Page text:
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Original Research: Diseases of the Pleura |

Longitudinal Measurement of Pleural Fluid Biochemistry and Cytokines in Malignant Pleural Effusions

Rajesh Thomas, MBBS; Hui Min Cheah, BSc; Jenette Creaney, PhD; Berwin A. Turlach, PhD; Y. C. Gary Lee, MBChB, PhD, FCCP
Author and Funding Information

Dr Thomas and Ms Cheah contributed equally to this article.

FUNDING/SUPPORT: Dr Lee is a National Health and Medical Research Council (NH&MRC) Career Development Fellow and receives research project grant funding from the NH&MRC, New South Wales Dust Diseases Board, Sir Charles Gairdner Research Advisory Committee, Westcare and the Cancer Council of Western Australia. Dr Thomas has received research scholarship support from NH&MRC, WA Cancer and Palliative Care Network and the Institute of Respiratory Health. Ms Cheah has received postgraduate research scholarships from the University of Western Australia and the Institute of Respiratory Health. Dr Creaney receives research project grant funding from the NH&MRC, New South Wales Dust Diseases Board, Sir Charles Gairdner Research Advisory Committee and the Cancer Council of Western Australia.

CORRESPONDENCE TO: Y. C. Gary Lee, MBChB, PhD, FCCP, School of Medicine and Pharmacology, University of Western Australia, 5th Floor, Harry Perkins Institute of Medical Research, QEII Medical Centre, Perth, WA 6009, Australia


Copyright 2016, American College of Chest Physicians. All Rights Reserved.


Chest. 2016;149(6):1494-1500. doi:10.1016/j.chest.2016.01.001
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Background  Malignant pleural effusion (MPE) is common. Existing literature on pleural fluid compositions is restricted to cross-sectional sampling with little information on longitudinal changes of fluid biochemistry and cytokines with disease progression. Indwelling pleural catheters provide the unique opportunity for repeated sampling and longitudinal evaluation of MPE, which may provide insight into tumor pathobiology.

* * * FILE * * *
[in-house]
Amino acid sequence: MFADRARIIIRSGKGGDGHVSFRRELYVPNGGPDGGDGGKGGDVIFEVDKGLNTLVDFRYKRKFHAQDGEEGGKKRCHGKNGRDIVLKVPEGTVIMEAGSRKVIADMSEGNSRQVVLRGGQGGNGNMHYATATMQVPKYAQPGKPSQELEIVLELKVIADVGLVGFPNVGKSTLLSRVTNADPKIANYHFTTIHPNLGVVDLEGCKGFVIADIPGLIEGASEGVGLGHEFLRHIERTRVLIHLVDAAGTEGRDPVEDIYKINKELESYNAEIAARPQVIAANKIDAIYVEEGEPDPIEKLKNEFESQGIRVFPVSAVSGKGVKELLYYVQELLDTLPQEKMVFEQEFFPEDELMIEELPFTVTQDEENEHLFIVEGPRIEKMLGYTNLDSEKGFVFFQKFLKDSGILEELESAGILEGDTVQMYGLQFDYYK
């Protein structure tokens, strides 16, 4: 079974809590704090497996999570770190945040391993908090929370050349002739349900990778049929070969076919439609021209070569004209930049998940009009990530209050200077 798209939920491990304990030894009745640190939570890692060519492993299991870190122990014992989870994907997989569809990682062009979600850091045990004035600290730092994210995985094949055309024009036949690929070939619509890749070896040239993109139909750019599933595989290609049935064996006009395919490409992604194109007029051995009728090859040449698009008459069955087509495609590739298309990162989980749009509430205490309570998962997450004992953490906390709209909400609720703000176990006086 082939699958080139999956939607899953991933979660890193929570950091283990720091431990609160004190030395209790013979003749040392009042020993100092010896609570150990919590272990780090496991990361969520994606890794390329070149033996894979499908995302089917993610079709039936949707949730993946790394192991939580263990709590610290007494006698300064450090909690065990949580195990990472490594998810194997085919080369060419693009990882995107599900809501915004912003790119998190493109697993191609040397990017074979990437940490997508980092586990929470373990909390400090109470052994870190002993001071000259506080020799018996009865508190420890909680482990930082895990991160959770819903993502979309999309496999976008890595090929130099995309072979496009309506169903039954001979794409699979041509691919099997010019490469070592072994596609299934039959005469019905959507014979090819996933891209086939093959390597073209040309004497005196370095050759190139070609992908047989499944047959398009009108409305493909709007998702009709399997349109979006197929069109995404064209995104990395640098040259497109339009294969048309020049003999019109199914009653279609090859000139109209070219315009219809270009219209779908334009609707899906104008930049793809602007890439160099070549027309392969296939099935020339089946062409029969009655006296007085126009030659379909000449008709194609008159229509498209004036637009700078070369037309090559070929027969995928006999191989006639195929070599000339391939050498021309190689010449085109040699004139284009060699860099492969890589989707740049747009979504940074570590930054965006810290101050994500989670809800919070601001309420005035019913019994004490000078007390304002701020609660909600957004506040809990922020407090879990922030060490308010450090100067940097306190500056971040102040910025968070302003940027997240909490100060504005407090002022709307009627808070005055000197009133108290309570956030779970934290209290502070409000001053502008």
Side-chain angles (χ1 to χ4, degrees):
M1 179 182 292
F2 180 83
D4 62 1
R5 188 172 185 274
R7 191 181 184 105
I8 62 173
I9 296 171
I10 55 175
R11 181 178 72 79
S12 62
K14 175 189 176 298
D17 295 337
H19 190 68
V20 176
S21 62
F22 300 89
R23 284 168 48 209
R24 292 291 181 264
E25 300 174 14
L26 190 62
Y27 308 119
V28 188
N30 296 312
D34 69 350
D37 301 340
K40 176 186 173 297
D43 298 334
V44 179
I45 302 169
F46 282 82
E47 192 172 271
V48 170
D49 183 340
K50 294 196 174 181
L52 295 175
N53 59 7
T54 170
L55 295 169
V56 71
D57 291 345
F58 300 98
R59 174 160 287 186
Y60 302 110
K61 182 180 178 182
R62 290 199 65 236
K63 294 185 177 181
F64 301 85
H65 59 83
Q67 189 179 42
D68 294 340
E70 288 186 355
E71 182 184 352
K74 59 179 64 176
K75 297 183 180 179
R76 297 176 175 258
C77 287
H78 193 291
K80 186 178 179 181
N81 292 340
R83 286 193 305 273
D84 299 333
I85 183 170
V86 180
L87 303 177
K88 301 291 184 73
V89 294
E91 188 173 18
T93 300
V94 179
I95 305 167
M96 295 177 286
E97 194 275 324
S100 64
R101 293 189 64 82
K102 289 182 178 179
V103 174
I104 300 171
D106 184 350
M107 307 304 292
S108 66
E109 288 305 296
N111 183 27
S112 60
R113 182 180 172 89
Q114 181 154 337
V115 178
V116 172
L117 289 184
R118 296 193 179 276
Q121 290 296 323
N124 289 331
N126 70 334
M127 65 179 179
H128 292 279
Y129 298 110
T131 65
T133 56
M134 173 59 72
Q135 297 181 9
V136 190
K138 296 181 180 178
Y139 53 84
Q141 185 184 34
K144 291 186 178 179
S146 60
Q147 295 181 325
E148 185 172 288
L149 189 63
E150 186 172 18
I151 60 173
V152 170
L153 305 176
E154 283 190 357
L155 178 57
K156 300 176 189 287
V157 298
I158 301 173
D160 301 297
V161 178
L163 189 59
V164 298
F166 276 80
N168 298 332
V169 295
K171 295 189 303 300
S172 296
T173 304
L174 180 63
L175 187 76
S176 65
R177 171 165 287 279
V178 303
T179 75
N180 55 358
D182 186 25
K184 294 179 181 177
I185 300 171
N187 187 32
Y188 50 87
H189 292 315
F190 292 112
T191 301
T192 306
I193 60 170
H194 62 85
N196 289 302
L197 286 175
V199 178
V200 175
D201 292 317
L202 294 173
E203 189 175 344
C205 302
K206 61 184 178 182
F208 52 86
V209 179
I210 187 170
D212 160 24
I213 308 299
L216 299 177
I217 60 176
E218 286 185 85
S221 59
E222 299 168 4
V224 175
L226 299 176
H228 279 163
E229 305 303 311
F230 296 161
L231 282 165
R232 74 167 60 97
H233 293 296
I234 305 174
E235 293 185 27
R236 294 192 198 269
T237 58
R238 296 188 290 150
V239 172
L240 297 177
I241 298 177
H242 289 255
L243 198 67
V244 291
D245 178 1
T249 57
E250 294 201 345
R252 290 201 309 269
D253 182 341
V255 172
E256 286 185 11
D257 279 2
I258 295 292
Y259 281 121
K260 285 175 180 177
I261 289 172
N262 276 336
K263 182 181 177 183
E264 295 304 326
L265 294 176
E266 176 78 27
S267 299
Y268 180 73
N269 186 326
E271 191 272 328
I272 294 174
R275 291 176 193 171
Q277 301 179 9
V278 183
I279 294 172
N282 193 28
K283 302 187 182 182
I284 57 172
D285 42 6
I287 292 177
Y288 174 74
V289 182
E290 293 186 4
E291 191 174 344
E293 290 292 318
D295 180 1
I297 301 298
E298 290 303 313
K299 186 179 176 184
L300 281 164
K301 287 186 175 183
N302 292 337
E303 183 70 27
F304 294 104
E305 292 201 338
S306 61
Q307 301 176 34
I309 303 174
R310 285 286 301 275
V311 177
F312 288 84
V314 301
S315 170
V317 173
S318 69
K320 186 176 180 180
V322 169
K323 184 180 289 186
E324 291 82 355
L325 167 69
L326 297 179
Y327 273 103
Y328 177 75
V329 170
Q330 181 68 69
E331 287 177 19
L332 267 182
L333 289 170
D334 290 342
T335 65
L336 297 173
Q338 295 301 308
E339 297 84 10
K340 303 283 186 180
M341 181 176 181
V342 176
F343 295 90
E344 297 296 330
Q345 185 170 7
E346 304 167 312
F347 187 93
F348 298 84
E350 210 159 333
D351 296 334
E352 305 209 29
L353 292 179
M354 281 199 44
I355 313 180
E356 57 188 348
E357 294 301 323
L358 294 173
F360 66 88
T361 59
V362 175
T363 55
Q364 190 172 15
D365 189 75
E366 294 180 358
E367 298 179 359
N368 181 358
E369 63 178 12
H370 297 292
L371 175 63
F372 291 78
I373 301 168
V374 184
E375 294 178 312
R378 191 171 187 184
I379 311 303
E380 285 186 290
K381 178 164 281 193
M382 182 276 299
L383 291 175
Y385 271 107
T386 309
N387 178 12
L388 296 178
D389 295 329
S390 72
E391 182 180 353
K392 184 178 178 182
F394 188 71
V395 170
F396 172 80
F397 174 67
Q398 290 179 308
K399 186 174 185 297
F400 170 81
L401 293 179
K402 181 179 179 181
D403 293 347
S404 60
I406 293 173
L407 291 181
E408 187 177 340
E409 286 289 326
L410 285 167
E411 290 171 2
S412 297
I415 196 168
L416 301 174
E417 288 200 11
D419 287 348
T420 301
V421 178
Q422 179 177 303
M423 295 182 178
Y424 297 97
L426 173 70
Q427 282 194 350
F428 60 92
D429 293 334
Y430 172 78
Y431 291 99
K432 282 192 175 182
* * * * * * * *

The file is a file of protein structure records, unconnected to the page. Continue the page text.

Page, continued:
Methods  We collected 638 MPE samples from 103 patients managed with indwelling pleural catheters over 95 days (median, range 0-735 days) and analyzed them for protein, pH, lactate dehydrogenase, and glucose levels. Peripheral blood was quantified for hematocrit, platelets, leukocytes, protein, and albumin. Cytokine levels (monocyte chemotactic protein [MCP]-1; vascular endothelial growth factor; interleukin-6, -8, and -10; tumor necrosis factor-α; and interferon-gamma) were determined in 298 samples from 35 patients with mesothelioma. Longitudinal changes of all parameters were analyzed using a linear mixed model.

Results  Significant decreases were observed over time in pleural fluid protein by 8 g/L per 100 days (SE, 1.32; P < .0001) and pH (0.04/100 days; SE, 0.02; P = .0203), accompanied by a nonsignificant rise in lactate dehydrogenase. The ratio of pleural fluid to serum protein decreased by 0.06/100 days (SE, 0.02; P = .04). MPEs from mesothelioma (n = 63) had lower pleural fluid glucose (P = .0104) at baseline and a faster rate of decline in glucose (P = .0423) when compared with non-mesothelioma effusions (n = 38). A progressive rise in mesothelioma pleural fluid concentration of [log] MCP-1 ([log] 0.37 pg/mL per 100 days; SE, 0.13; P = .0046), but not of other cytokines, was observed.

Conclusions  MPE fluids become less exudative and more acidic over the disease course. The rise in MCP-1 levels suggests a pathobiological role in MPE.

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